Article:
The Queen’s speech with Norges cures stuttering Regent St

The UK Crown Estate, which as the name suggests manages the assets and estate of the Crown, has entered into the second joint venture with an institutional investor in as many months. Norges Bank, which manages the 2,908 billion kroner ($498 billion) Norwegian Government Pension Fund Global, has purchased a 150-year lease on a 25 per cent stake in the Estate’s Regent Street properties. This follows a deal in December with the Healthcare of Ontario Pension Plan.

It is the first real estate investment for the Norwegian sovereign wealth fund, which received a mandate in March last year to invest as much as 5 per cent of its assets in real estate. This investment cost the fund £452 million ($721 million).

The partnership will give the fund 25 per cent of the properties’ net income, which primarily comes from office and retail space rent. The Crown Estate will retain 75 per cent of the income and will continue to be responsible for the management of the portfolio.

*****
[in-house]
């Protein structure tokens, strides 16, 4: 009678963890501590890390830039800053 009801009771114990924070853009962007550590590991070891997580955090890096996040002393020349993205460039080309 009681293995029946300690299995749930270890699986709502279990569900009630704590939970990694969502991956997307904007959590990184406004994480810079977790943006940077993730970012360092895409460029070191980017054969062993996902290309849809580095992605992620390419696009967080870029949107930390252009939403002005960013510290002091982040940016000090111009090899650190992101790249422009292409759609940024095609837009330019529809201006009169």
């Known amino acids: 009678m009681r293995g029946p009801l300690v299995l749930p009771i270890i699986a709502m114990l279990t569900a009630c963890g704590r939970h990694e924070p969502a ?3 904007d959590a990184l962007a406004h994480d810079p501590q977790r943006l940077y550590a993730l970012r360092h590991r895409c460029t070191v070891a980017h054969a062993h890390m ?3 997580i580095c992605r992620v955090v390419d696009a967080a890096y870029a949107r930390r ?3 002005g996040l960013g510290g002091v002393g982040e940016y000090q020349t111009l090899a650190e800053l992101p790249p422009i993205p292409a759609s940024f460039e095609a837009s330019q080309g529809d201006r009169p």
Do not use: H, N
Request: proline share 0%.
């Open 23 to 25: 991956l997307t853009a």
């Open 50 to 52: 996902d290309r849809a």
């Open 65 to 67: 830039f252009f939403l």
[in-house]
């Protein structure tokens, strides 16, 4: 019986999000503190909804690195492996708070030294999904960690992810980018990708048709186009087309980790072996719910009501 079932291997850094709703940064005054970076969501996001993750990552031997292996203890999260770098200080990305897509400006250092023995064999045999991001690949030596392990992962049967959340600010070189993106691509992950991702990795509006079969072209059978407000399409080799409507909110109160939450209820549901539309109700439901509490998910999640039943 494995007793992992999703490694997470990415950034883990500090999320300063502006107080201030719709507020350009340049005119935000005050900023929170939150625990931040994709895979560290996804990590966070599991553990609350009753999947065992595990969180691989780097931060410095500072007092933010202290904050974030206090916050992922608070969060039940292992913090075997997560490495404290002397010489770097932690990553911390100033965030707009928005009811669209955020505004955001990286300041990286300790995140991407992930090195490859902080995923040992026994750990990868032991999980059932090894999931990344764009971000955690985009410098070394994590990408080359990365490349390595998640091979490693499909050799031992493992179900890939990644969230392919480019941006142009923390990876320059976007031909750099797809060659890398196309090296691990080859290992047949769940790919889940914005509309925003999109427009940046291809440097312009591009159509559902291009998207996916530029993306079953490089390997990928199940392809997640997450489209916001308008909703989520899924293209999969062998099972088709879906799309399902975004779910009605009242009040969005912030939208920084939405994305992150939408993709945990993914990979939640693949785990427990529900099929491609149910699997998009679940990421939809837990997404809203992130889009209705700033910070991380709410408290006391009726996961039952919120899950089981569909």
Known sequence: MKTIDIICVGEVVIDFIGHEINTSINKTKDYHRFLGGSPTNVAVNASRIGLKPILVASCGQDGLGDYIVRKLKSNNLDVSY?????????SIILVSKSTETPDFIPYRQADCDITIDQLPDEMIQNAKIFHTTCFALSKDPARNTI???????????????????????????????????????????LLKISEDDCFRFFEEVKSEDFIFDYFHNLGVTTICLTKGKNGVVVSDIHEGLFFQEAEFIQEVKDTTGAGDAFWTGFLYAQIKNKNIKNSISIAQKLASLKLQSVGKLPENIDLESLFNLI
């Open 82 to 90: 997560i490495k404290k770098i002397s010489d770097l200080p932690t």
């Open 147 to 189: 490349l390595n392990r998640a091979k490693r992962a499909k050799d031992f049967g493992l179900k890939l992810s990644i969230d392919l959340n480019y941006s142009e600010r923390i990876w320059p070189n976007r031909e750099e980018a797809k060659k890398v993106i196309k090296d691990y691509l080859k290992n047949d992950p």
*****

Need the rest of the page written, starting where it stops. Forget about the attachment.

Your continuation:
“We’re very happy to have signed an agreement and look forward to a long and beneficial partnership with The Crown Estate,” global head of real estate asset strategies at Norges Bank Investment Management, Karsten Kallevig, said.

David Shaw, head of Regent Street at The Crown Estate said: “We are delighted that one of the world’s largest sovereign wealth funds, has chosen The Crown Estate and Regent Street for its first-ever property investment. NBIM’s long-term approach fits perfectly with our ongoing commitment to regenerating Regent Street to create an international retail and business destination.”

In December the $31 billion HOOPP, which has about $5 billion in real eastate, took a 50 per cent stake in the £100 million, St James’s Gateway development, in London W1, together with the adjacent Clydesdale block. Similarly, the Crown Estate will retain the freehold for the blocks and grant the joint venture a new 150-year head lease, and it will also oversee the development and directly asset manage the properties upon completion, which is expected in 2013.

The Crown Estate dates from 1066. After the Norman Conquest, all the land belonged to William “in right of The Crown” because he was King. Despite centuries of change in law and custom, the underlying ownership of The Crown still exists and there is always a presumption in favour of The Crown unless it can be proved that the land belongs to someone else.

The Crown Estate, managing a property portfolio worth £6.6 billion, today contributes more than £210 million to the UK Treasury.

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